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Why it has to be one law for all

 April 2014, London: Protesting against the Law Society’s decision to recognise sharia law in Britain. Photo See LI (CC-BY-SA 2.0)

We are witnessing the growth of parallel legal systems run by religious courts…

 It should be an easy principle to agree: that there should be “one law for all” in Britain. Who would disagree? And yet this principle is under threat on a number of fronts.

Firstly there is the historic difficulty of a different legal system in Scotland with, for example, the age of criminal responsibility set at 8 years in Scotland and 10 years in England and Wales. In a welcome move Scotland is now proposing to raise the age to 12 years in 2018 – but surely we should be using the opportunity to harmonise and raise it to 12 years across Britain?

Secondly, there is the attempt to continue the enhanced legal rights of EU citizens living in Britain even after we leave the EU (see related news article),. Finally there is the systematic attempt to normalise a parallel legal system via religious groups which is expanding rather than diminishing.

Both before and after the recent terrorist attacks in Manchester and London there were and are difficult conversations to be had. There are questions of domestic policy and foreign policy which need society-wide discussion. The only challenge is where to begin.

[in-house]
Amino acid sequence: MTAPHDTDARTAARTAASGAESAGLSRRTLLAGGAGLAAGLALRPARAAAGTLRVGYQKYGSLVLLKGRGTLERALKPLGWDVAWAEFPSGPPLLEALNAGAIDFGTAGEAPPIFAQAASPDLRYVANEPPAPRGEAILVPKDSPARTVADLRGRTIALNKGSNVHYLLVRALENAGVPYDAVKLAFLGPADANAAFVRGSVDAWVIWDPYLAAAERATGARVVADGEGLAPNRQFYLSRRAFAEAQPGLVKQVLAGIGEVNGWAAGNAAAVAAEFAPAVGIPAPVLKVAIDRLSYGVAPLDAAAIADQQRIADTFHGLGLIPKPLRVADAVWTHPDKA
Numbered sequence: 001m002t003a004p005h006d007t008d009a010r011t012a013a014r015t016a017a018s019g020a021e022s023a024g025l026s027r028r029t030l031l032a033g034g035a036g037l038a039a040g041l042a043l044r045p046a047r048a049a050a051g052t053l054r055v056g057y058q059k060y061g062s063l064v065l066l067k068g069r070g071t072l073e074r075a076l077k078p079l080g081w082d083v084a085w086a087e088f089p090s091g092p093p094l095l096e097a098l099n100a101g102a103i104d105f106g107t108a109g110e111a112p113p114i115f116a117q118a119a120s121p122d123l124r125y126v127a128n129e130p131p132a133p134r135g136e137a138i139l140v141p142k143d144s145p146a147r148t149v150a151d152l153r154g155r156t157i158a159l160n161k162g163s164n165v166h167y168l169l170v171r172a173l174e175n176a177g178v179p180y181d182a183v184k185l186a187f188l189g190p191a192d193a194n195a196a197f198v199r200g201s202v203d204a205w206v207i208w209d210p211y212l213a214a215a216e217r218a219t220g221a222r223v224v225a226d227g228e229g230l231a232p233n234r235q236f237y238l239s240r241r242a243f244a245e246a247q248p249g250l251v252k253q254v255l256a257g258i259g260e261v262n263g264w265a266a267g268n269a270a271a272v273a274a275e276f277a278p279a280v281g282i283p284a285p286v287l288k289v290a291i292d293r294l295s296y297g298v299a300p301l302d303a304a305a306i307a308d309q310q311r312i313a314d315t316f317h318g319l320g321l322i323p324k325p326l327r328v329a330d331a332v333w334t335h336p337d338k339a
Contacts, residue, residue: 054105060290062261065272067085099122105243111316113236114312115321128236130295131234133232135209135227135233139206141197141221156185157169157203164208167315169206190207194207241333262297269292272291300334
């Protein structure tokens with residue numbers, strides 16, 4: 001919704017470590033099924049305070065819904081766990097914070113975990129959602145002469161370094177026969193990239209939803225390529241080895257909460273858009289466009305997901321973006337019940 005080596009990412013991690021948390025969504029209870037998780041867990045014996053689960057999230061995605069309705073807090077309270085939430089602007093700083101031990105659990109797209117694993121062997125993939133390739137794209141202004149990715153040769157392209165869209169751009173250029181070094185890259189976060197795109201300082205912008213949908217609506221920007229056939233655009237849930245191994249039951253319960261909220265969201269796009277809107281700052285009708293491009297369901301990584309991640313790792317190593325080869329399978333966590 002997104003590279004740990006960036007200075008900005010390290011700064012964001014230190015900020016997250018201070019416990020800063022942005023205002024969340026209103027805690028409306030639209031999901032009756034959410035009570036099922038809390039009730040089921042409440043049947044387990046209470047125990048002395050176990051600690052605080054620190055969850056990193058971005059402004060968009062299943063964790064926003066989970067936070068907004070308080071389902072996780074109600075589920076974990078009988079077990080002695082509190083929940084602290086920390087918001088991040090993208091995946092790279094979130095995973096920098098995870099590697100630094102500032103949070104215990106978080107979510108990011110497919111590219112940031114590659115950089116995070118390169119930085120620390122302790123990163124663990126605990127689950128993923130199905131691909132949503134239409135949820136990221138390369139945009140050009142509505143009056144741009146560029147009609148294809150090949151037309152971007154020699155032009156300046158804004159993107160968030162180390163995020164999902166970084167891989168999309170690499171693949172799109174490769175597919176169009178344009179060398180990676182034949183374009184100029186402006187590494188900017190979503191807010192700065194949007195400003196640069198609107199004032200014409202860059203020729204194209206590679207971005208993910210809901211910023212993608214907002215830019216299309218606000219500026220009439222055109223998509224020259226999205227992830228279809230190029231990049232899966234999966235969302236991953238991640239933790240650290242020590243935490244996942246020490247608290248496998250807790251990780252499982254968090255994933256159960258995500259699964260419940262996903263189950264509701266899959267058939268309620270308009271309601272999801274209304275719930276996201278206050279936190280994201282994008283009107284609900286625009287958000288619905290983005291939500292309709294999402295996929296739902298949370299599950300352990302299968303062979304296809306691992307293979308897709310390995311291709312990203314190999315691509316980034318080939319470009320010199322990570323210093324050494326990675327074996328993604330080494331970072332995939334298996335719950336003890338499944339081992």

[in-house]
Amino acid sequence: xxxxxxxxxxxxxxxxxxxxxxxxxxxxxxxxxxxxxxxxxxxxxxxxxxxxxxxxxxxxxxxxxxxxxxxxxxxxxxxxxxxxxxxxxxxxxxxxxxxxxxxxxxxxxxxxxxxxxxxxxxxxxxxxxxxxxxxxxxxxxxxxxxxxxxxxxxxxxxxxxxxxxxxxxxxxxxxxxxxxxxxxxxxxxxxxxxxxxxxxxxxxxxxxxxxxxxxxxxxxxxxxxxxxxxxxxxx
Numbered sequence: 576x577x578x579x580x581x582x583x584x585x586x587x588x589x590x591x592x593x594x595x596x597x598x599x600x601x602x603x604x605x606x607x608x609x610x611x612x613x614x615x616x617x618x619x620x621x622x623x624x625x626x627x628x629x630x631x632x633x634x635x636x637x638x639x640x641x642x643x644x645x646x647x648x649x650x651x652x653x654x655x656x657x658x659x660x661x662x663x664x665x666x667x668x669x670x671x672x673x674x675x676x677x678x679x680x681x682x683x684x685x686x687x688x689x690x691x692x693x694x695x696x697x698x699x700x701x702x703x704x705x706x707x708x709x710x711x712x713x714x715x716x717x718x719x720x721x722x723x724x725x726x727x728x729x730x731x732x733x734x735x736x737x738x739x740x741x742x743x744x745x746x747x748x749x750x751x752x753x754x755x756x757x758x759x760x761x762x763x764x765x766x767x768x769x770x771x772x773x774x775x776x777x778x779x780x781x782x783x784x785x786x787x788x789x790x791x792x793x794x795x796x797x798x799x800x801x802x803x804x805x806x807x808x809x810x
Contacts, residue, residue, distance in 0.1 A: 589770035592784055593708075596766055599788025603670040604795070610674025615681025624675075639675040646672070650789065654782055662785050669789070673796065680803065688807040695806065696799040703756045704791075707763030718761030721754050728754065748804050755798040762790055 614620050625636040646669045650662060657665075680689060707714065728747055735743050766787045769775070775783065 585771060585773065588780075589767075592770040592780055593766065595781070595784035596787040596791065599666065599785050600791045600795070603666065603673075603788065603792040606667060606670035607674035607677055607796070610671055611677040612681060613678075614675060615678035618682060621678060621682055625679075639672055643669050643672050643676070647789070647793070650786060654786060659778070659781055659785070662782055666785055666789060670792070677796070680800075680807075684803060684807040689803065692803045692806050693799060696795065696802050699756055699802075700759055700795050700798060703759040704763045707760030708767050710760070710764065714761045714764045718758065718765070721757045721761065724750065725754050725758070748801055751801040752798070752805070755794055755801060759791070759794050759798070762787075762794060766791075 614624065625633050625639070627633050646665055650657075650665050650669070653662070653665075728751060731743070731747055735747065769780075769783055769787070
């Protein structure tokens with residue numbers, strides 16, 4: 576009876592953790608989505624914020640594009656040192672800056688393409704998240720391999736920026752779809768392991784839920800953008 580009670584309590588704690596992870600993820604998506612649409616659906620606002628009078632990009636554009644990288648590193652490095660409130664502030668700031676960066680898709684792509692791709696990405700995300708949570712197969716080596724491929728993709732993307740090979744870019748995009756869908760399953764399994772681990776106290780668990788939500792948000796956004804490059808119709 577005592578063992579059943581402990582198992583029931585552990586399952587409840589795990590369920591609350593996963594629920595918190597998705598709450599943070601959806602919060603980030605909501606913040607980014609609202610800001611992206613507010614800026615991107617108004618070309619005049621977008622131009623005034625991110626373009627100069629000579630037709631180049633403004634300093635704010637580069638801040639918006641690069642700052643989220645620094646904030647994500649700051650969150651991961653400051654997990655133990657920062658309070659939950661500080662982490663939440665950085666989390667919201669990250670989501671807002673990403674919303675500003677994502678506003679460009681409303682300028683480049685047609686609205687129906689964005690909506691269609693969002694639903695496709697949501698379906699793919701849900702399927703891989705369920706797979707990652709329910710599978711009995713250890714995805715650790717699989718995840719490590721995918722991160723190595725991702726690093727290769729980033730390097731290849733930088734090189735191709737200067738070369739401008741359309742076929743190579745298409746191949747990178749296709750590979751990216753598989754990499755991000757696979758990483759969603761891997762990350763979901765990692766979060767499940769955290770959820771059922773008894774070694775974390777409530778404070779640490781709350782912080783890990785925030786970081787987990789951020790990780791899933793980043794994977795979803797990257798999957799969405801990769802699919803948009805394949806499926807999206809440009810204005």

Parallel system

It is suggested that the problems may be insurmountable as the issues are “inside the head” of the terrorist and therefore not amenable to a human solution, but that is ducking the issue. Yet the growing use of religious “courts” as a parallel legal system for example, is not “inside the head” of anyone but a material reality that many seem reluctant to confront.

Many people are unaware that in Britain we have the involvement of, for example, Catholic tribunals, Jewish Beth Din courts, along with sharia councils and Muslim Arbitration Tribunals, in a whole range of civil law matters, especially divorce and child custody issues.

In recent years both the Jewish Beth Din and sharia councils have seen a growth in their activity. The total number of sharia councils is unknown, but academic estimates range from 80 to 100.

At a parliamentary select committee in 2016 they reported “one thing on which we can all agree is that we don’t know how many Sharia councils there are in this country. We don’t know how many people are visiting Sharia councils. We don’t even know how many mosques and imams are registered in this country. It is a very complex scenario.”

It is not correct to say that sharia law applies in Britain. It does not. Judgements made in a sharia council do not have legal force and they are not courts of law. But those who use them experience a parallel legal system, as they do not enjoy the same legal protection as other citizens.

For years the campaigning organisation One Law for All (onelawforall.org.uk) involving secularists, many Muslim women and ex-Muslims, has been arguing that the existence of discriminatory religious “legal”, mediation and arbitration systems creates conflicts in law and gaps in the protection of citizens.